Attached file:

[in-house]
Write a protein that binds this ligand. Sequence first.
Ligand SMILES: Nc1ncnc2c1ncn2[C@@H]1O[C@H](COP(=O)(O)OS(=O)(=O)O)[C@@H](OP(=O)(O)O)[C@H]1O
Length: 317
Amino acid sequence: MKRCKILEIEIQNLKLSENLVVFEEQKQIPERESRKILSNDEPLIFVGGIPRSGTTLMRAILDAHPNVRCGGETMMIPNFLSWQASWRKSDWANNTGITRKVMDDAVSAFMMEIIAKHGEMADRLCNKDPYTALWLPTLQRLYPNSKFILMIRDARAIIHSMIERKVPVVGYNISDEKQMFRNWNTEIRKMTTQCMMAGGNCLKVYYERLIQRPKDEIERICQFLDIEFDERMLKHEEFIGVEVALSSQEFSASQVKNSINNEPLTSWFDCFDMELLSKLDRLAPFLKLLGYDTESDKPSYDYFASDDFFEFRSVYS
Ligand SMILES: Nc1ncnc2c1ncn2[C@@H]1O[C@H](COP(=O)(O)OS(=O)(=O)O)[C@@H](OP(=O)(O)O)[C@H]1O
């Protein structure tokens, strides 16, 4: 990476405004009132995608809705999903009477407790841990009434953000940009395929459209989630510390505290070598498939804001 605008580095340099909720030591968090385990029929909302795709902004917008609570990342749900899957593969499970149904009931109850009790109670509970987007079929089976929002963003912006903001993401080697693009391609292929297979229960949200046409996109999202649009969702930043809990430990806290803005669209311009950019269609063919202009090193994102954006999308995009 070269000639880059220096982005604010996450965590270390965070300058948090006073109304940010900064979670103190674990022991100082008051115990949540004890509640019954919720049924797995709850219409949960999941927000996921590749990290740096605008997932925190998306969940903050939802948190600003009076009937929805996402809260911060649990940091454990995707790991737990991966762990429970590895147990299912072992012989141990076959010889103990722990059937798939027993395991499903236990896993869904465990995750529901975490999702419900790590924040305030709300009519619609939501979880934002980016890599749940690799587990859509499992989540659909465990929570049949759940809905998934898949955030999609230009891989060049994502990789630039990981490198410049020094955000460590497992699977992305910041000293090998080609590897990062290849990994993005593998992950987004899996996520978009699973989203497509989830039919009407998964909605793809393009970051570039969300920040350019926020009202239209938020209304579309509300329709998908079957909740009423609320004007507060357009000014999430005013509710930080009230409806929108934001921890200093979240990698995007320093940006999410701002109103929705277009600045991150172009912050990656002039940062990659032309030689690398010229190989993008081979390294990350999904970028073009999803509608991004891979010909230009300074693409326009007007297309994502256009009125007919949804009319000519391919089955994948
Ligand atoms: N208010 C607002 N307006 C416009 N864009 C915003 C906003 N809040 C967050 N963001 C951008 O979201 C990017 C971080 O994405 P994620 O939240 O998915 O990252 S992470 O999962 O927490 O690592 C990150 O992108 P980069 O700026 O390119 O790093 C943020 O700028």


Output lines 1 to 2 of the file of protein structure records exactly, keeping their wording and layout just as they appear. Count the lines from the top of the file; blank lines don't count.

[in-house]
Write a protein that binds this ligand. Sequence first.